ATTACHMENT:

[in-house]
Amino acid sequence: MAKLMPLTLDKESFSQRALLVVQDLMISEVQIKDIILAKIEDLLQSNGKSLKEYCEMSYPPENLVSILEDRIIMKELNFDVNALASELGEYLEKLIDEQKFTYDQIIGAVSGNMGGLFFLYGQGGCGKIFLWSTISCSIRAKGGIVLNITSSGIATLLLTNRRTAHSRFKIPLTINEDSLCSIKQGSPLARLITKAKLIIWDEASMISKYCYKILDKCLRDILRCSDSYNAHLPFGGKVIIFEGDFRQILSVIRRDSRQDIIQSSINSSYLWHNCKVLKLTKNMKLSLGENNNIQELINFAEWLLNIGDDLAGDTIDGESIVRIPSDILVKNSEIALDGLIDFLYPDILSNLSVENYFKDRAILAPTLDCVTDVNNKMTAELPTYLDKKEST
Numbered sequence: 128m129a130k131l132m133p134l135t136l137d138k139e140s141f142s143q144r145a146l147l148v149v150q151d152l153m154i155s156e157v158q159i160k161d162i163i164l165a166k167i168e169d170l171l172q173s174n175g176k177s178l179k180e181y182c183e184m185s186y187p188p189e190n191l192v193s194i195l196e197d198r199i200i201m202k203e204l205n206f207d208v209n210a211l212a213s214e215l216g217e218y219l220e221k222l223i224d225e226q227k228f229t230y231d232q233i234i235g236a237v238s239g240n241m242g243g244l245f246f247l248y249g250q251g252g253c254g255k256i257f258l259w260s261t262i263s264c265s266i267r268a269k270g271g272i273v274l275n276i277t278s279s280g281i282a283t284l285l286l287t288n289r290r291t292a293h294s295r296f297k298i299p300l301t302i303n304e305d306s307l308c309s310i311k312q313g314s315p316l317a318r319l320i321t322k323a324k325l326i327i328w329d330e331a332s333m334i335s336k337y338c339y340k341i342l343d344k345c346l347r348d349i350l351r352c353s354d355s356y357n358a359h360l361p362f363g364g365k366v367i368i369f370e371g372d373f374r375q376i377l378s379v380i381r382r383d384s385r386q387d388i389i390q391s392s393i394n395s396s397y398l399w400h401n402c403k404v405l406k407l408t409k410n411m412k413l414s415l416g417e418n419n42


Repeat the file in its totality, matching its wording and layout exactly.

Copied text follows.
[in-house]
Amino acid sequence: MAKLMPLTLDKESFSQRALLVVQDLMISEVQIKDIILAKIEDLLQSNGKSLKEYCEMSYPPENLVSILEDRIIMKELNFDVNALASELGEYLEKLIDEQKFTYDQIIGAVSGNMGGLFFLYGQGGCGKIFLWSTISCSIRAKGGIVLNITSSGIATLLLTNRRTAHSRFKIPLTINEDSLCSIKQGSPLARLITKAKLIIWDEASMISKYCYKILDKCLRDILRCSDSYNAHLPFGGKVIIFEGDFRQILSVIRRDSRQDIIQSSINSSYLWHNCKVLKLTKNMKLSLGENNNIQELINFAEWLLNIGDDLAGDTIDGESIVRIPSDILVKNSEIALDGLIDFLYPDILSNLSVENYFKDRAILAPTLDCVTDVNNKMTAELPTYLDKKEST
Numbered sequence: 128m129a130k131l132m133p134l135t136l137d138k139e140s141f142s143q144r145a146l147l148v149v150q151d152l153m154i155s156e157v158q159i160k161d162i163i164l165a166k167i168e169d170l171l172q173s174n175g176k177s178l179k180e181y182c183e184m185s186y187p188p189e190n191l192v193s194i195l196e197d198r199i200i201m202k203e204l205n206f207d208v209n210a211l212a213s214e215l216g217e218y219l220e221k222l223i224d225e226q227k228f229t230y231d232q233i234i235g236a237v238s239g240n241m242g243g244l245f246f247l248y249g250q251g252g253c254g255k256i257f258l259w260s261t262i263s264c265s266i267r268a269k270g271g272i273v274l275n276i277t278s279s280g281i282a283t284l285l286l287t288n289r290r291t292a293h294s295r296f297k298i299p300l301t302i303n304e305d306s307l308c309s310i311k312q313g314s315p316l317a318r319l320i321t322k323a324k325l326i327i328w329d330e331a332s333m334i335s336k337y338c339y340k341i342l343d344k345c346l347r348d349i350l351r352c353s354d355s356y357n358a359h360l361p362f363g364g365k366v367i368i369f370e371g372d373f374r375q376i377l378s379v380i381r382r383d384s385r386q387d388i389i390q391s392s393i394n395s396s397y398l399w400h401n402c403k404v405l406k407l408t409k410n411m412k413l414s415l416g417e418n419n42